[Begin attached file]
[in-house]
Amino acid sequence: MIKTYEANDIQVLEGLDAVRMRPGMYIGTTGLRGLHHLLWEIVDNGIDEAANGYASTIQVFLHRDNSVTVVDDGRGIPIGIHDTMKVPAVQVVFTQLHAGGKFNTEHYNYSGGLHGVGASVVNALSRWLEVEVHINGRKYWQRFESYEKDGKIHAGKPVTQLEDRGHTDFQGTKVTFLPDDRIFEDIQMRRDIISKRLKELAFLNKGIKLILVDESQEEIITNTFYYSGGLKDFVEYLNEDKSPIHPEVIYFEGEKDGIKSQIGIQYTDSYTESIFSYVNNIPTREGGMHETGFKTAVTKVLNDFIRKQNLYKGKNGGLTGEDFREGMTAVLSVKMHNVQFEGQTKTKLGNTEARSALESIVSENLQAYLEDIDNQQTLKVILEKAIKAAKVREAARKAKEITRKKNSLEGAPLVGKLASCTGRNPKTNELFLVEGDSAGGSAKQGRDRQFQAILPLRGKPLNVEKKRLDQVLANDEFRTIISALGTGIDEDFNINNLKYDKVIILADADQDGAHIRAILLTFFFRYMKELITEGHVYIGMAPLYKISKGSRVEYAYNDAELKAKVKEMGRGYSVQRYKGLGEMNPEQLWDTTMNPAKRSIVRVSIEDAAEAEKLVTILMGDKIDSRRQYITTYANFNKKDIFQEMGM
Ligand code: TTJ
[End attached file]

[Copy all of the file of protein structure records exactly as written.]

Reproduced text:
[in-house]
Amino acid sequence: MIKTYEANDIQVLEGLDAVRMRPGMYIGTTGLRGLHHLLWEIVDNGIDEAANGYASTIQVFLHRDNSVTVVDDGRGIPIGIHDTMKVPAVQVVFTQLHAGGKFNTEHYNYSGGLHGVGASVVNALSRWLEVEVHINGRKYWQRFESYEKDGKIHAGKPVTQLEDRGHTDFQGTKVTFLPDDRIFEDIQMRRDIISKRLKELAFLNKGIKLILVDESQEEIITNTFYYSGGLKDFVEYLNEDKSPIHPEVIYFEGEKDGIKSQIGIQYTDSYTESIFSYVNNIPTREGGMHETGFKTAVTKVLNDFIRKQNLYKGKNGGLTGEDFREGMTAVLSVKMHNVQFEGQTKTKLGNTEARSALESIVSENLQAYLEDIDNQQTLKVILEKAIKAAKVREAARKAKEITRKKNSLEGAPLVGKLASCTGRNPKTNELFLVEGDSAGGSAKQGRDRQFQAILPLRGKPLNVEKKRLDQVLANDEFRTIISALGTGIDEDFNINNLKYDKVIILADADQDGAHIRAILLTFFFRYMKELITEGHVYIGMAPLYKISKGSRVEYAYNDAELKAKVKEMGRGYSVQRYKGLGEMNPEQLWDTTMNPAKRSIVRVSIEDAAEAEKLVTILMGDKIDSRRQYITTYANFNKKDIFQEMGM
Ligand code: TTJ